Researchers from Children's Memorial Hospital in Chicago believe they have found evidence which indicates a child’s diet affects attention deficit hyperactivity disorder.
Although there is limited evidence that any diet that helps kids overcome ADHD, researchers believe the western diet certainly doesn’t help kids with the disorder, and that incorporating more omega-3 fatty acids into their diet could help.
According to CBS news, the researchers reviewed 70 past studies and found that very little research supports the idea that sugar or artificial sweeteners have any affect on a child’s behavior.
In addition, there also isn’t much evidence from to support special eating plans like the Feingold diet, which became popular in the 1970’s. In the diet, children avoid foods containing red or orange dyes and preservatives, such as apples and lunch meats.
The researched diets included those which used omega-3 fatty acid supplements, those which restricted sugar, and those which restricted additives and preservatives- like the Feingold diet.
Australian researchers concluded in one study that kids who ate a western-style diet, high in fat, salt and refined sugars were at more risk to get ADHD than kids who had a healthy diet rich in vegetables, folates, and omega-3 fatty acids.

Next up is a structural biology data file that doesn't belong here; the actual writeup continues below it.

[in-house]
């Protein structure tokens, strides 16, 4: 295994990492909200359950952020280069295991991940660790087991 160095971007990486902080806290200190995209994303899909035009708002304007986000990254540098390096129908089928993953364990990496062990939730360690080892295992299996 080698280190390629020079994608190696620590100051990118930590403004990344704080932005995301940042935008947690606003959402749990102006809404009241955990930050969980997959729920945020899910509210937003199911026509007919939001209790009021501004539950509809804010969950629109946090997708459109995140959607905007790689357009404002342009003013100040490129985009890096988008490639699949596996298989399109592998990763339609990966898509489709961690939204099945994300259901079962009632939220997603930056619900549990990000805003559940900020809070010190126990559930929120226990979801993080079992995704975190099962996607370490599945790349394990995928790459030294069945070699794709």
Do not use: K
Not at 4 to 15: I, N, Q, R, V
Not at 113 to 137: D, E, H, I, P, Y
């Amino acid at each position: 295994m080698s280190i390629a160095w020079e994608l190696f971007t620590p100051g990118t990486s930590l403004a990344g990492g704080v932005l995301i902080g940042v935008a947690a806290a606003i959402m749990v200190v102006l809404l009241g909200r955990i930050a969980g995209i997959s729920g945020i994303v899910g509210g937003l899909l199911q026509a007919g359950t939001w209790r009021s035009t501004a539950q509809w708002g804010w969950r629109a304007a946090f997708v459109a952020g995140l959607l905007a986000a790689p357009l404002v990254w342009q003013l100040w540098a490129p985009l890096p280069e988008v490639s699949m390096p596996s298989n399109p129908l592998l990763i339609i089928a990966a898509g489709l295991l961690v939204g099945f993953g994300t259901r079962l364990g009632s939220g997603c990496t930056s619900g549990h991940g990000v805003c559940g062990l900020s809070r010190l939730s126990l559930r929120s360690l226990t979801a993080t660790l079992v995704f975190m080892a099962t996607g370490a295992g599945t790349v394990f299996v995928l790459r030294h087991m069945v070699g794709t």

"I am a firm believer that we ultimately are what we eat, and unfortunately as a result of our poor Western diet, we see this in the increase in the rate of obesity, particularly in the young population," said Dr. Roberto Lopez-Alberola, chief of pediatric neurology at University of Miami School of Medicine to HealthDay.
"The fast foods. The processed food. The preservative-rich foods … In the same way we see an impact physically, it's going to have an impact from the neurodevelopmental standpoint. It's not surprising we see a parallel in the increase in obesity and in ADHD," he added.
But HealthDay also reports that some doctors aren’t ready to give up on medicine like Adderall and Ritalin, which have so far been the only well researched tools in treating ADHD.
"For better or worse, medications are the single most effective treatment available for ADHD," said Dr. Andrew Adesman, chief of developmental and behavioral pediatrics at Steven and Alexandra Cohen Children's Medical Center of New York.
"We don't have data to suggest dietary interventions are any more effective than medications, and there is little, if any, data to suggest dietary interventions are as effective as medications," said Dr. Adesman.
The doctor said he understands parents not wanting to medicate their young children, but that there is not enough research to substantiate the diet claims.
Approximately 9.5 percent of American children have ADHD. The entire review can be found in the February issue of Pediatrics.